With my full surprise, Fintan made the official decision to execute Fiona.
“We have to” he said bravely.
Fiona is not a neighbour nor a cousin. Along with Gypsy Valerie, she is one of our friendliest chickens. Unlike all the others, Camila has always been able to easily pick her up and smother with her clumsy cuddles.
I think that is because Fiona was handled a lot since she was little when she and Gypsy Valerie would fly over the fence onto the neighbour’s garden and we had to fetch them all the times. Or perhaps because, prior to that, we rescued her from the attacks of the black chickens in Sir Gustavo’s corral when we first got her, and safely re-homed her in Gypsy Valerie’s one and that might have given her a trusting instinct towards us.
But really, I think, lately the reason why Fiona was easily cuddle-able it’s because she got real fat and started limping so she couldn’t easily ran away from the over enthusiastic Camila gropes.
And then, for the same reasons, she became the bullying target of the mama of those gifted chicks Fintan brought home a while ago. She is a bitch and aggressively, almost in a anti-fat nazi way, would jump on her and pick at her morbid flesh. And she was too much of everything to defend herself.
It was a tough decision for Fintan who grew a particular affection towards her. His sensitiveness in dealing with Fiona made me look like the honey badger !
Lions eat gazelles, humans eat chickens. That’s how it has always been in my world. Even naming the chickens didn’t humanise them enough to make my heart shrink at the thought of having to sacrifice Fiona.
And so I became by default the chosen one to hold her feet and wings while Carmen would cut her throat. I did send her love whilst this was taking place. But didn’t feel sorrow.
It was all very quick and soon after, Fiona lied naked in a bath of spiced water, with floating bits of carrots, onions, herbs and a few bay leaves, ready to be turned into soup.
After days of Camila surviving on mango and milk alone, with multiple failures in expanding her variety of food intake, I was very surprised that, once Fiona was nicely cooked and the broth she was floating in was oozing the glory of its flavours, Camila showed interest.
I managed to slice off a piece of her abundant breast while still hot in the pot, and offered Camila a piece. She touched it and squeezed it between her fingers, she ascertained that it was very hot (ohhh it’s hot! she said), blew on it and ate it. And asked for more, and then more again. And again. Until she ate quite a big portion of it according to her standards.
Camila ate Fiona.
Obviously this arose the thus far underestimated requirement of explaining to her, at some point, why we eat animals. Which I think I’ll find harder than explaining to her how babies get into mothers’ bellies.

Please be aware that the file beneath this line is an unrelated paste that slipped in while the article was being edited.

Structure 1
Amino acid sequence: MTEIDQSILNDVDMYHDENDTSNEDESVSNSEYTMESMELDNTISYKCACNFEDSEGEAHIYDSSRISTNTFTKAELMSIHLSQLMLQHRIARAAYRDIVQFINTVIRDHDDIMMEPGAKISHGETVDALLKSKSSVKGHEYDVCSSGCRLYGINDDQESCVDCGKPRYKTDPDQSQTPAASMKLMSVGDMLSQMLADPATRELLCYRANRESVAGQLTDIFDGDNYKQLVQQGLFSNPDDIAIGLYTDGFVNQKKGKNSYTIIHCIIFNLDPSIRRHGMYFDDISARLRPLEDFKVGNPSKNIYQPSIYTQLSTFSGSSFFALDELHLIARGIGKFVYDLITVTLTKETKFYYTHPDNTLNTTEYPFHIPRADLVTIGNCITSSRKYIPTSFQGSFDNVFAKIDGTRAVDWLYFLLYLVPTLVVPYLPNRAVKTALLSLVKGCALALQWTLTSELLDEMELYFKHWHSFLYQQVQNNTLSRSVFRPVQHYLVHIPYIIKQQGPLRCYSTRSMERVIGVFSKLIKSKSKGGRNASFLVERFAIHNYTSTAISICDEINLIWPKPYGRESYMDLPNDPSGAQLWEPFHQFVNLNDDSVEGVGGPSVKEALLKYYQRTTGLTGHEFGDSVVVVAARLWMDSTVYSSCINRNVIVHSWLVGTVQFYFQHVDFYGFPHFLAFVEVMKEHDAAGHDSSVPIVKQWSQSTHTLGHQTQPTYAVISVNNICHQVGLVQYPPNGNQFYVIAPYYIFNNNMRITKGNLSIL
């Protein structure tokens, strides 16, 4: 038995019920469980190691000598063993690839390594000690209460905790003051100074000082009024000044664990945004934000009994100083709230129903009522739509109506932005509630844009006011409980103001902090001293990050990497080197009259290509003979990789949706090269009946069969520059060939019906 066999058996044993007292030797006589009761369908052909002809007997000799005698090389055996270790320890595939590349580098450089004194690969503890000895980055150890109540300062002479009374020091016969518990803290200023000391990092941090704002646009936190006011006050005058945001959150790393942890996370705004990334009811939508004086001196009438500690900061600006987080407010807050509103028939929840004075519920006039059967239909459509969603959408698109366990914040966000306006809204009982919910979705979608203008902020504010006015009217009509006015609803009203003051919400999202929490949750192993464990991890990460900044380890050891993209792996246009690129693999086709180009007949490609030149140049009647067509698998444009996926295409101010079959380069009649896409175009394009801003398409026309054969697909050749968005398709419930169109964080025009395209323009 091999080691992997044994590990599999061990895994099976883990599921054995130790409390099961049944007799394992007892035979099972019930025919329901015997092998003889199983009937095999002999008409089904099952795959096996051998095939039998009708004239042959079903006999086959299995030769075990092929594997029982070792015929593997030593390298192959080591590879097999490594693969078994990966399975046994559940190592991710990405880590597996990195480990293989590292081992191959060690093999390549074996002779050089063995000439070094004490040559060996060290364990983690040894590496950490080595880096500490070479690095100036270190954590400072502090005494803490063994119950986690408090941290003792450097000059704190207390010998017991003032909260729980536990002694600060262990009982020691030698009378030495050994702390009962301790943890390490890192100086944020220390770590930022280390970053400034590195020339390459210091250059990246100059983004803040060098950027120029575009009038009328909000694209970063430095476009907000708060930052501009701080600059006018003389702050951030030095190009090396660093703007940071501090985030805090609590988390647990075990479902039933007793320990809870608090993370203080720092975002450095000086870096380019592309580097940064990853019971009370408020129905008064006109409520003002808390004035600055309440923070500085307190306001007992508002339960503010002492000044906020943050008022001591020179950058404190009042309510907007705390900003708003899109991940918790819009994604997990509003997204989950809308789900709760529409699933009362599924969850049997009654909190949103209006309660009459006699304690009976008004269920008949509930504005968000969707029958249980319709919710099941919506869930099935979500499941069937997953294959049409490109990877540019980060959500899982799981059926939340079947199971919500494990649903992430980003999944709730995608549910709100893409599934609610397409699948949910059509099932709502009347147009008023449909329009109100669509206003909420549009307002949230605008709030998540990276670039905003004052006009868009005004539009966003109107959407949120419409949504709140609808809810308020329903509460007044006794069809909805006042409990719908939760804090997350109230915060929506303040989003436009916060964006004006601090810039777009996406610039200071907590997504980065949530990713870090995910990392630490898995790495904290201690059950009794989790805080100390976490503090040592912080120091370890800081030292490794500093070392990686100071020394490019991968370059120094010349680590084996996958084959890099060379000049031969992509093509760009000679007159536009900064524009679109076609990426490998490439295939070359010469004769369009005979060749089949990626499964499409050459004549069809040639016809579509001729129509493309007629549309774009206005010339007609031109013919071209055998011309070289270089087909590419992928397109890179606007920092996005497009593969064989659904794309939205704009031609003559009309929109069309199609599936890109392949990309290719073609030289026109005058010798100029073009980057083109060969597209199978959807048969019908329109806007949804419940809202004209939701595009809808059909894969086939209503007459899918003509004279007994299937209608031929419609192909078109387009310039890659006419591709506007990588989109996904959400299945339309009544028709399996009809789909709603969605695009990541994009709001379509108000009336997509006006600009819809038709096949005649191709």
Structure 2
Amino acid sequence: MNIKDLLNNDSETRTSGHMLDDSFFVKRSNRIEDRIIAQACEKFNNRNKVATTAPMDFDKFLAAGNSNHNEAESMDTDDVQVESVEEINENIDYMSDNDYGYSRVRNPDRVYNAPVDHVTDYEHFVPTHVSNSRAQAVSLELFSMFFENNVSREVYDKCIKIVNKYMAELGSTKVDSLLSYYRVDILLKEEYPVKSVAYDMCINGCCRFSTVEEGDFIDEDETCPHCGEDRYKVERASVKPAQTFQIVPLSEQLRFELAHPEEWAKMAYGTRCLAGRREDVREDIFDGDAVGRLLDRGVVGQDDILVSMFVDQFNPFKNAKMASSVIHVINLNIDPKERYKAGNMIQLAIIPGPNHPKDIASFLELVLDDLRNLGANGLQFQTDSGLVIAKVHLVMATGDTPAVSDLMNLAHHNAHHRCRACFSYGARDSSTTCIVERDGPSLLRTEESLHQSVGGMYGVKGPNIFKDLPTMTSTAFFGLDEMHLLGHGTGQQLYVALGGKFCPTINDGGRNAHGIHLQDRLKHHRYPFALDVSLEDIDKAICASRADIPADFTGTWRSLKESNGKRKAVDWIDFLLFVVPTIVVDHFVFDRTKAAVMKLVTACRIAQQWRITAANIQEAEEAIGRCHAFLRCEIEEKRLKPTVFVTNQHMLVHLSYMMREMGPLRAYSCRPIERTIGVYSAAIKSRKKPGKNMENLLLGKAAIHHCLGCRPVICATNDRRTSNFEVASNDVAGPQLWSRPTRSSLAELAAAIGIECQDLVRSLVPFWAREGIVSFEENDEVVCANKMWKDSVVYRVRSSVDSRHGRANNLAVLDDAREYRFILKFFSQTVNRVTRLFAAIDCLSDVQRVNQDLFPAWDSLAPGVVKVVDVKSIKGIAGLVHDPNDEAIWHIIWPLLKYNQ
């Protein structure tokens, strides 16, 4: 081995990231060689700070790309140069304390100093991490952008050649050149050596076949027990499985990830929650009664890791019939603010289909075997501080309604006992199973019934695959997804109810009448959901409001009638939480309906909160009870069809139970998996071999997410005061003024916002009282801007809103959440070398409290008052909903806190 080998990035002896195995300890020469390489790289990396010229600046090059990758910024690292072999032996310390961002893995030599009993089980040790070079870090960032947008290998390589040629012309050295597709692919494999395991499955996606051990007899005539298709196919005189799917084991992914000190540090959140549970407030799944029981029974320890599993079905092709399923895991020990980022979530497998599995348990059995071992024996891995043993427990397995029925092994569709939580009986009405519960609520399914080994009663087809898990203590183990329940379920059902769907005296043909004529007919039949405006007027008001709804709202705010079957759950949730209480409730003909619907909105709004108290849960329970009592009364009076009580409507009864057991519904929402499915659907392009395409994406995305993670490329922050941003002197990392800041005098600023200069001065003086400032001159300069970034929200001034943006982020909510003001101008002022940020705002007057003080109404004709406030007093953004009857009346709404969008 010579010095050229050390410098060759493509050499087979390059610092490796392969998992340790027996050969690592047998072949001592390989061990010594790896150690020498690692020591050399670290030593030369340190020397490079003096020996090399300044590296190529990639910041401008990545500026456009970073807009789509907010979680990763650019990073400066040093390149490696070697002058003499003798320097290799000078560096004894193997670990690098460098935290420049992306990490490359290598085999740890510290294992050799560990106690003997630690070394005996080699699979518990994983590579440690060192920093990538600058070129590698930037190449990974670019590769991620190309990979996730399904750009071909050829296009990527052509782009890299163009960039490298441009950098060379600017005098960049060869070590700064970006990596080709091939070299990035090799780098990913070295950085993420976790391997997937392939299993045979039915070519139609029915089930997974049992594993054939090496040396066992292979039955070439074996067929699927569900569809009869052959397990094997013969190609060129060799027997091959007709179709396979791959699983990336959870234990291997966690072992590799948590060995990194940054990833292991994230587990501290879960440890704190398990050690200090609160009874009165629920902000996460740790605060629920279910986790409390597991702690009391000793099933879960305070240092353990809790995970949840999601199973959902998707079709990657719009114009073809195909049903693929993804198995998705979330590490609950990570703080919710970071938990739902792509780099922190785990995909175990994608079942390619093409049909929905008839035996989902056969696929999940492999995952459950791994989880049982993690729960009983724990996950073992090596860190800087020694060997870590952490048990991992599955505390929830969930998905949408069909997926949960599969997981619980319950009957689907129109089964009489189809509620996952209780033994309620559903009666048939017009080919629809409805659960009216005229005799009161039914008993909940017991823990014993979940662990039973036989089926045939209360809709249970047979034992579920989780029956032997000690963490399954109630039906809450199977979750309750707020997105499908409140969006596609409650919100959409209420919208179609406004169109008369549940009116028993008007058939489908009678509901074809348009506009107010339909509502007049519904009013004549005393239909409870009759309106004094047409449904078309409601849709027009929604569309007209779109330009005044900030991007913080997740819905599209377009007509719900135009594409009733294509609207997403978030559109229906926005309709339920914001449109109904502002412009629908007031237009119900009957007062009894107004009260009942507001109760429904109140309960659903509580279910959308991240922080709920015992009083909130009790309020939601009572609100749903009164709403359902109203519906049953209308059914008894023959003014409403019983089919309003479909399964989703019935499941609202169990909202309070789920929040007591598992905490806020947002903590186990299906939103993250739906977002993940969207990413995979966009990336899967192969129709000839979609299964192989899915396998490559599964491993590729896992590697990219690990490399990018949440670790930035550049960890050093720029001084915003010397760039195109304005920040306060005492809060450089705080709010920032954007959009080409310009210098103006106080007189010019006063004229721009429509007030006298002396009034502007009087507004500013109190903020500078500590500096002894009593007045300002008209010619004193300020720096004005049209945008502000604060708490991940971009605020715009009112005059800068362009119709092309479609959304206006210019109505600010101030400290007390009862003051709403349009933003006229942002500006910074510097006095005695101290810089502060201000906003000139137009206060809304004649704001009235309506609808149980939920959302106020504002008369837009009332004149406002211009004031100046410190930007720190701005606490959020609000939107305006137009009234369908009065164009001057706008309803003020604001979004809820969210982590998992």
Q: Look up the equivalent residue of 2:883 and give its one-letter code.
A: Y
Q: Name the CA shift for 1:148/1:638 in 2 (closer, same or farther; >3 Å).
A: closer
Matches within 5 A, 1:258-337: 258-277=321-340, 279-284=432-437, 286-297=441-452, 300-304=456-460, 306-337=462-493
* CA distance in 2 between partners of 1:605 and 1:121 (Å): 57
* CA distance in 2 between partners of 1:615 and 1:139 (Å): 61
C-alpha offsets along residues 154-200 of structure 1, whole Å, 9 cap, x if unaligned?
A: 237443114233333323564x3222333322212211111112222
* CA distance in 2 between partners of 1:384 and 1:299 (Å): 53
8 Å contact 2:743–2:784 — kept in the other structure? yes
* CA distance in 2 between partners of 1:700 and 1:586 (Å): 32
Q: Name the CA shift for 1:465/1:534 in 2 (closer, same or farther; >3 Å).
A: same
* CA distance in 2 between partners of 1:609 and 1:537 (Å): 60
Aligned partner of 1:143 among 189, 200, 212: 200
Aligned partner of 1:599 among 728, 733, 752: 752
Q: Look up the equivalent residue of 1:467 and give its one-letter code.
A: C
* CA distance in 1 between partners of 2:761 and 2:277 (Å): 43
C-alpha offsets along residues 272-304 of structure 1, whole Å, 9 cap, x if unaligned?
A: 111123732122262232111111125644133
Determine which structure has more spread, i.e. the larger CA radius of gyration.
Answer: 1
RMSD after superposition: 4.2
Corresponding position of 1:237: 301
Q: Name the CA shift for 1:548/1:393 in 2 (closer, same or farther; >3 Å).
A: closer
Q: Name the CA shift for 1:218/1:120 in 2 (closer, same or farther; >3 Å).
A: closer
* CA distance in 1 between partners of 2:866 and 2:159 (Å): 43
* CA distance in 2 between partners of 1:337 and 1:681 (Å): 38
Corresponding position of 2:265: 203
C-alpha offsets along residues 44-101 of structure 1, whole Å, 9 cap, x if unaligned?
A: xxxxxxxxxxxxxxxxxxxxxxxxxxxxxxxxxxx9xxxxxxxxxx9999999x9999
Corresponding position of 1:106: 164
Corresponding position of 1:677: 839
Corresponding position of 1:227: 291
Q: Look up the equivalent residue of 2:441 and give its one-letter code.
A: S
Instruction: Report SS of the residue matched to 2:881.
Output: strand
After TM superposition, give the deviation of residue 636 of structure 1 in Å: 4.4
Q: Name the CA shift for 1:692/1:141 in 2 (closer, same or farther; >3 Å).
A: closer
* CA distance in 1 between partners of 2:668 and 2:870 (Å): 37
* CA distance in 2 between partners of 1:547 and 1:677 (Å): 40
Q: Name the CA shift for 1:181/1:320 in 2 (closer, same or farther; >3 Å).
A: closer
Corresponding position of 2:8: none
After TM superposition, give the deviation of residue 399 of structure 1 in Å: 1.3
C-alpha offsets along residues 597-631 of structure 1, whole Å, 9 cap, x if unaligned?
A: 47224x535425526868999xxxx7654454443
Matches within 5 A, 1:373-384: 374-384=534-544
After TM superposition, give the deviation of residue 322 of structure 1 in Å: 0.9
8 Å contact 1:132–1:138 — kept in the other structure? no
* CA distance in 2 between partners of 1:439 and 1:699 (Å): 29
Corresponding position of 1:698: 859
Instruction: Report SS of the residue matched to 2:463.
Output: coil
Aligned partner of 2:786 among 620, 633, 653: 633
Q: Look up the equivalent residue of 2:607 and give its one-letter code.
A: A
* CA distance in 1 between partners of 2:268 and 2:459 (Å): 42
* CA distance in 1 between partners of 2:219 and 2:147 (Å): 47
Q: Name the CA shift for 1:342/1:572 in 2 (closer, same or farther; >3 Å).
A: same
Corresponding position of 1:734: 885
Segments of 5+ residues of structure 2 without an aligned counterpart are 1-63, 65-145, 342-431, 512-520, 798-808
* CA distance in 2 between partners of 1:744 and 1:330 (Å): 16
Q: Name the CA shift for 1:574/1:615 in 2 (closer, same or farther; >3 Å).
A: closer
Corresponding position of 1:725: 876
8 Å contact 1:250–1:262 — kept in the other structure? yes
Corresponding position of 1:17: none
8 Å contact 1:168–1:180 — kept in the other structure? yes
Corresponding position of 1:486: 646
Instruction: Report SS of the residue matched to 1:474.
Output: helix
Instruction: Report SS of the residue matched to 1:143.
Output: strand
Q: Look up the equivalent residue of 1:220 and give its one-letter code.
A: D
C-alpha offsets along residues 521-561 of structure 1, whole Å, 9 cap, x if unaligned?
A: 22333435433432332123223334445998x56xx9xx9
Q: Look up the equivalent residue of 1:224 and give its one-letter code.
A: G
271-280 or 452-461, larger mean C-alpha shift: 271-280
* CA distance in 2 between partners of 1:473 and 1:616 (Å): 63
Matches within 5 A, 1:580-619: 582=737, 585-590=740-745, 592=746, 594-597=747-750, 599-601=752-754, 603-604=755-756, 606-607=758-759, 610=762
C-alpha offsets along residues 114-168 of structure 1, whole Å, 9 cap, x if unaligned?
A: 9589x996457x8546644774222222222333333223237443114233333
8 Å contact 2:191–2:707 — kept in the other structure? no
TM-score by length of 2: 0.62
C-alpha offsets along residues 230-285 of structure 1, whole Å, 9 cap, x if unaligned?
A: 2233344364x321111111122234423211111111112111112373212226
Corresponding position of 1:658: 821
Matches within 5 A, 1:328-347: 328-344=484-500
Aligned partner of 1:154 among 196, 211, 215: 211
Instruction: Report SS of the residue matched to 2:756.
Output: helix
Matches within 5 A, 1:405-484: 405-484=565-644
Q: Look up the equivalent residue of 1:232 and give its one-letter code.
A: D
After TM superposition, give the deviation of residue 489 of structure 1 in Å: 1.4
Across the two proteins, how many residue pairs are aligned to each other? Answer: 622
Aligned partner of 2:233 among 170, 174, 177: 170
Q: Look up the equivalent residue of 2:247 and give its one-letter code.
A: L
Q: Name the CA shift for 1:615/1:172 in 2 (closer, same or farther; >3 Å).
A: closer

It will be harder because I’ll have to rationalise the unrationalisable concept of an exception to the rule of morality. Diversion of love. Fiona can be eaten but Luigi (our cat) can’t. And nor can T-man (our dog). The existence of a hierarchy in the animal world. Some are more worthy of love than others. Fiona was just a commodity.
Having been raised in an environment where traditions ruled, things were done because they were always been done that way, I soon begun to rebel against the plasticity of that approach and its meek senseless compliance. When begun to engage my brain in independent reasoning, I controversially provoked and challenged those views and facts.
Even in cooking I found Italy being stuck in a box, choking on its glorious reputation of culinary excellence I always found that, in my family and in general, its strict classical approach led to a lack of daring with ingredients. And how annoying the austerity of the critiques of anything that isn’t just like mama used to make!!
The liberating feeling of living outside of the box, made that need of questioning an imperative in raising my child. Probably the only thing I am sure about in this unsure motherhood path I am on: I aim to teach Camila to use her logic and challenge what is put in front of her in order to breed conscientious awareness in all that she does and says and thinks (I am sure there will be moments in the near future when I wish I didn’t and hope she just did what she is told…).
I have never been a huge meat eater, but ever since Camila was born, I grew less and less fond of meat and my diet is currently pretty much vegetarian. But it’s ingrained in me that meat is good for you so I chose to propose it to her until she will be able to choose.
So right now, with Gypsy Valerie cooking as I type, I admitted defeat and decided to stick to the rudimentary and consolatory fact that lions eat gazelles and humans eat chickens.